For the first 2 years we left my aunt live in her house and the family rotated days going in to check on her and to help her out. Once she fell and busted her back in 7 places, we knew that she could no longer live on her own even with our help. It took us 2 1/2 months to find the perfect assisted-living home for her and it was one of the best decisions we ever made.
Once the move was made...we still took turns going in to visit her but now we could ACTUALLY sit down & visit with her since her personal care & medical needs were now being met with the staff. It was nice having that option for the last 4 years of her life.
Recently I was emailed this article and asked to share it with my blog readers. I decide to do just that since this topic is near and dear to my heart. You will find the entire article below with the author's information. Enjoy.
Seventy percent of people age 65 and older will need long-term care at some point in their lives, according to a 2014 study by CareScout, a division of Genworth Financial Services.
“But that doesn’t mean they have to sacrifice their quality of life,” says Peder Johnsen, CEO of Concordis Senior Living, www.concordisseniorliving.com, which owns, operates and develops senior housing communities.
“In fact, a person who needs some assistance with day-to-day living will often find he or she is much happier in a good assisted-living community with an atmosphere that reminds them of their former home.”
And it doesn’t have to be outrageously priced, notes Johnsen, a third-generation ALF operator whose family pioneered the contemporary congregate community model.
The median price for a private, one-bed home in an ALF community is $42,000, he says, citing the CareScout report. By contrast, a semi-private nursing home bed costs a median $77,000 a year.
But it’s up to prospective residents and their families to ascertain the quality of the community and whether it’s a good match for the person who will be living there.
“ALFs are not federally regulated and states vary widely on the breadth of oversight they provide, so you can’t necessarily rely on the law,” Johnsen says. “And don’t rely on salespeople either – that’s the biggest mistake people make.”
There are, however, a number of easy ways to see if a home has a truly caring atmosphere and well-trained staff.
Johnsen offers these tips:
• Ask to see the home’s state licensing survey, an assessment that usually includes inspections, audits, interviews with residents, etc.
Every state has an ALF licensing agency and all have some form of survey system for ensuring that certain standards of quality are met, according to the Assisted Living Federation of America.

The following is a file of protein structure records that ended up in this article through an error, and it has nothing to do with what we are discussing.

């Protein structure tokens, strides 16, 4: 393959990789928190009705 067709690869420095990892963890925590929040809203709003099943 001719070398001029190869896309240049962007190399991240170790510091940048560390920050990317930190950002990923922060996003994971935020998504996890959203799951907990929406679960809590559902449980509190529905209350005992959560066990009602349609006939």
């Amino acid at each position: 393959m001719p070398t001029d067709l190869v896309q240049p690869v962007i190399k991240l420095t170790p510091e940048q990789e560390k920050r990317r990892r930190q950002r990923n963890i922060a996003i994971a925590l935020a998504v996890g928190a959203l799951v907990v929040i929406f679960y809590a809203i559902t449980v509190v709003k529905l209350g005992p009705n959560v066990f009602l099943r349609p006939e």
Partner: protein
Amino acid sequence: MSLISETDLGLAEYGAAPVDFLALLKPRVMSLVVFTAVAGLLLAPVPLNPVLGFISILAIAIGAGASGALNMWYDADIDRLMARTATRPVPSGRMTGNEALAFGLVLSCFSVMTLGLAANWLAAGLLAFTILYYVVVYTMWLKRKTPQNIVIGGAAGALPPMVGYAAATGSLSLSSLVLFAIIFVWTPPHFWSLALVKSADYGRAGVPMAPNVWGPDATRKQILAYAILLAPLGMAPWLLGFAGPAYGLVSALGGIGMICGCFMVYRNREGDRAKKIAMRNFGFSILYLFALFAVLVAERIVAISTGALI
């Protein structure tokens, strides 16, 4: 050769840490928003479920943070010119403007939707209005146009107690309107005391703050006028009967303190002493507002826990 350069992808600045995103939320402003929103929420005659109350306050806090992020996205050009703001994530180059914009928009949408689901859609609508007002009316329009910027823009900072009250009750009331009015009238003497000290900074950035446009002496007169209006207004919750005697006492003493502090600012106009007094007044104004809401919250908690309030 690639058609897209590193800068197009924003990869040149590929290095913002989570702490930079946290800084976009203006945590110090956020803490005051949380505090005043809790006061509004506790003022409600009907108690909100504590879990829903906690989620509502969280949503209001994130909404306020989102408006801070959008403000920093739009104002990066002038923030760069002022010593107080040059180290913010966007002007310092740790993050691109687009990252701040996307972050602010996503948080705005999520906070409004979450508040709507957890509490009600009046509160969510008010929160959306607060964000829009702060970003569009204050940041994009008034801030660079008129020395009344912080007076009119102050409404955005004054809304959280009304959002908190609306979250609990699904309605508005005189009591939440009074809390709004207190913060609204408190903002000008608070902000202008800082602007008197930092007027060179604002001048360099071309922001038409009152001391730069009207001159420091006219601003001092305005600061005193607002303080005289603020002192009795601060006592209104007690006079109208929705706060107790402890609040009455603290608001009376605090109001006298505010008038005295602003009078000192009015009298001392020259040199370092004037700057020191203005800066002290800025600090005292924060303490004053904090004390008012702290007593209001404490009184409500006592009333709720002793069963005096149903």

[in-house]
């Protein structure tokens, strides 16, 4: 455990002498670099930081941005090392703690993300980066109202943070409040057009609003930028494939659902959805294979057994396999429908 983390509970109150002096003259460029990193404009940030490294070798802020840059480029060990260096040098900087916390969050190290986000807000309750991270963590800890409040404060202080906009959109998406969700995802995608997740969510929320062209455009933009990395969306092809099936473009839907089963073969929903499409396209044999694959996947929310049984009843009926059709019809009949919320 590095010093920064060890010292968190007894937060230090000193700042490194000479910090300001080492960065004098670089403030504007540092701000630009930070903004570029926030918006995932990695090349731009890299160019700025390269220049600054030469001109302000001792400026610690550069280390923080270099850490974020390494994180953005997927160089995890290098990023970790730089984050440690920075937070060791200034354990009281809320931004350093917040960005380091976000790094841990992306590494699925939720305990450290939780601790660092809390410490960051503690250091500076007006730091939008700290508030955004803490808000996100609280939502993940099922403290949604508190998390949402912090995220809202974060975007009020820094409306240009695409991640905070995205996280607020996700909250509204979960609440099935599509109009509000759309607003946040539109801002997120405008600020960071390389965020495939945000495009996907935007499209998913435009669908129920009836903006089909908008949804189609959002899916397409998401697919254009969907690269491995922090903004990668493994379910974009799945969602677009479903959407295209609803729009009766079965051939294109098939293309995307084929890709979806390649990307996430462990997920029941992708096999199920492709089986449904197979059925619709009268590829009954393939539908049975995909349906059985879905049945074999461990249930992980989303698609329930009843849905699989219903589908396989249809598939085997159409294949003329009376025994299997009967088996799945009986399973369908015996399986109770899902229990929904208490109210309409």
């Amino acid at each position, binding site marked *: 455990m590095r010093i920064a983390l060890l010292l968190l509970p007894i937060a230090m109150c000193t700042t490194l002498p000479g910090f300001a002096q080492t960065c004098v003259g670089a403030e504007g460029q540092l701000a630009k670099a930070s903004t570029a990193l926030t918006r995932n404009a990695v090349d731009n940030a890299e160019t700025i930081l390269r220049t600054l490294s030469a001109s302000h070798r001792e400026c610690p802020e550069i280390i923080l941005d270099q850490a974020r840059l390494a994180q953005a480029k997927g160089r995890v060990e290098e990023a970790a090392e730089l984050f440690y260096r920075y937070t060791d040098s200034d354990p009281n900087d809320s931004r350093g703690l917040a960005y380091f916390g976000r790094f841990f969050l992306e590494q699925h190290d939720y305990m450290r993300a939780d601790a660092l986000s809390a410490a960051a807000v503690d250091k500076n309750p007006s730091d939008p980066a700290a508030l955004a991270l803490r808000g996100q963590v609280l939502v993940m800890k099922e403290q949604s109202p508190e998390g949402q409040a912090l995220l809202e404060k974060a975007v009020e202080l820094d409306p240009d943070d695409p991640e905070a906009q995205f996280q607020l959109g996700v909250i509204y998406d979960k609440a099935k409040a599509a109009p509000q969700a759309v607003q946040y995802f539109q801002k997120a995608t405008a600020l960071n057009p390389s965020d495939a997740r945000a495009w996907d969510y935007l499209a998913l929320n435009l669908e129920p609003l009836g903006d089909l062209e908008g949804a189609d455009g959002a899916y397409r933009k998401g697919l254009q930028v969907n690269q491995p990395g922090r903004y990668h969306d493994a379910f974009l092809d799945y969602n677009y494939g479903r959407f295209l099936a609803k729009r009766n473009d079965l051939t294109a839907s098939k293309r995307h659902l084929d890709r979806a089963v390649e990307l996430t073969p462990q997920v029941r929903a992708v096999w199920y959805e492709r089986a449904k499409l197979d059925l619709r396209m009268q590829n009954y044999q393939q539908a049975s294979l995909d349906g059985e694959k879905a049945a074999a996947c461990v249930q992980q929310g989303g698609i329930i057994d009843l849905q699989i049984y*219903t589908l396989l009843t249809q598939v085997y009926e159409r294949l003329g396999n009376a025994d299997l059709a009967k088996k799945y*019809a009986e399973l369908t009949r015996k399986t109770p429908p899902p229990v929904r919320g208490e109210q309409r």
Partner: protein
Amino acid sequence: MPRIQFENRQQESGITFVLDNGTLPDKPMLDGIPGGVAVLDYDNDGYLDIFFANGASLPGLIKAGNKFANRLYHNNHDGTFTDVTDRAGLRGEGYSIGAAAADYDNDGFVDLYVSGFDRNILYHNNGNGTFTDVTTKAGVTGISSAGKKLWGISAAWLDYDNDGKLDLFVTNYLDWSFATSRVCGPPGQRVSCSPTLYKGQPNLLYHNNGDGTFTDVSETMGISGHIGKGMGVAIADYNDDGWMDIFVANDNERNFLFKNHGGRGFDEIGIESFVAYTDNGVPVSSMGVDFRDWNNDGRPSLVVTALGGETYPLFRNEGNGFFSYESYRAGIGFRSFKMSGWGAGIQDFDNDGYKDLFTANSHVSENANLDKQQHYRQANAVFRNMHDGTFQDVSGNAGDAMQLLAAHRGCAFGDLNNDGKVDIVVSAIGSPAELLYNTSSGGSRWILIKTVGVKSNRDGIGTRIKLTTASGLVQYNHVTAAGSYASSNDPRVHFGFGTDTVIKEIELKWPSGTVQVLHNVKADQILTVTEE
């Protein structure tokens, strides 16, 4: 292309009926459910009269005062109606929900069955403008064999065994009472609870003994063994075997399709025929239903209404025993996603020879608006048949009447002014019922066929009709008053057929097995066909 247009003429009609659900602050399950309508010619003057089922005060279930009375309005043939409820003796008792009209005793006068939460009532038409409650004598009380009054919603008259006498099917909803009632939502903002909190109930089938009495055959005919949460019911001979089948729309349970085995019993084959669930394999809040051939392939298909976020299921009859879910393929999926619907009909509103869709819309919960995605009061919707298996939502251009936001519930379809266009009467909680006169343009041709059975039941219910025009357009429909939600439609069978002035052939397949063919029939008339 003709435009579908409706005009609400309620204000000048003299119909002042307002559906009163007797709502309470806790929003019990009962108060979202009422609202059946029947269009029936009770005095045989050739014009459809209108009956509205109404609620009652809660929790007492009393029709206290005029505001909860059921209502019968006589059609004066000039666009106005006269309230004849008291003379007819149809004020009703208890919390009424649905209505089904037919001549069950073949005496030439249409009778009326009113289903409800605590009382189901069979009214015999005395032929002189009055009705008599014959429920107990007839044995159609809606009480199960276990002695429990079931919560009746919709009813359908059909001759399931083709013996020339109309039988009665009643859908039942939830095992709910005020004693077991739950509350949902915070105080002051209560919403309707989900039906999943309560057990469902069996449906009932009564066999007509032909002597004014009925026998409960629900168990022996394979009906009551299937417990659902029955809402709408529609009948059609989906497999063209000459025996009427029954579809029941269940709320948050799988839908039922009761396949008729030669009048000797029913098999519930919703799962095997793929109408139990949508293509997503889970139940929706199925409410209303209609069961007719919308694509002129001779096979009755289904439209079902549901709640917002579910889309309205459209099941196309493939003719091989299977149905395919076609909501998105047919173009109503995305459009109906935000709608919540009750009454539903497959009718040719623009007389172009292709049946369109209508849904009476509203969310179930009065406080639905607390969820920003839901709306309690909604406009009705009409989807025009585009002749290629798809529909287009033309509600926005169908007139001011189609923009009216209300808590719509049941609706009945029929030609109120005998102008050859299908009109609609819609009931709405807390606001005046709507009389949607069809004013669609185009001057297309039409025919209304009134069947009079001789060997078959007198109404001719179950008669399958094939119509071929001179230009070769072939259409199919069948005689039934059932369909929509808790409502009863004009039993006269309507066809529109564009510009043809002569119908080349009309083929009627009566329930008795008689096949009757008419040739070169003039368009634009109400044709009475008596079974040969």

“Requirements vary from state to state about how often the surveys are conducted and how the public can access the reports, but no matter what state you live in, you should be able to ask the ALF for its most recent report, or obtain it from the licensing agency,” Johnsen says.
The surveys will tell you if problems were found – or not – and what the ALF did to address them.
• Visit the ALF during non-business hours.
Go before breakfast or after dinner – times when the administrators aren’t around. What’s the atmosphere? How do employees behave with the residents?
“That’s a good time to talk to residents, too,” Johnsen says.
Be a “mystery shopper,” he suggests. Pretend you’re just visiting the community – not scouting it out as a prospective customer.
• Ascertain how truly “homelike” the community is.
In your own home, if you don’t feel like eating breakfast at 7:30 a.m., you don’t have to. You can have breakfast at 10. You can get snacks when you want them.
“Depending on what’s important to your loved one, there are potentially many rules that can affect how ‘at home’ a person feels,” Johnsen says. “Some communities allow residents to have pets, others don’t. Some provide lots of activities. At some, residents can quickly and easily arrange for transportation or a service like hair styling.”
Not every community can offer everything, he notes. That’s why it’s important to look for those features that are especially important to your loved one.
About Peder Johnsen: Peder Johnsen is the CEO of Concordis Senior Living, www.concordisseniorliving.com, which owns, operates and develops senior housing communities. He’s a third-generation assisted-living specialist whose grandfather and father built one of the first contemporary-style ALFs in Florida more than 30 years ago. Johnsen took over administration of two small facilities at age 18. Today, he specializes the full spectrum of ALFs – from “ALF lites,” where most residents live very independent lifestyles but know assisted-living services are available if they should need them, to homes specializing in care for residents with Alzheimer’s and dementia. He is an industry leader in staff development and training, and has overseen the development, acquisition and financing of several communities.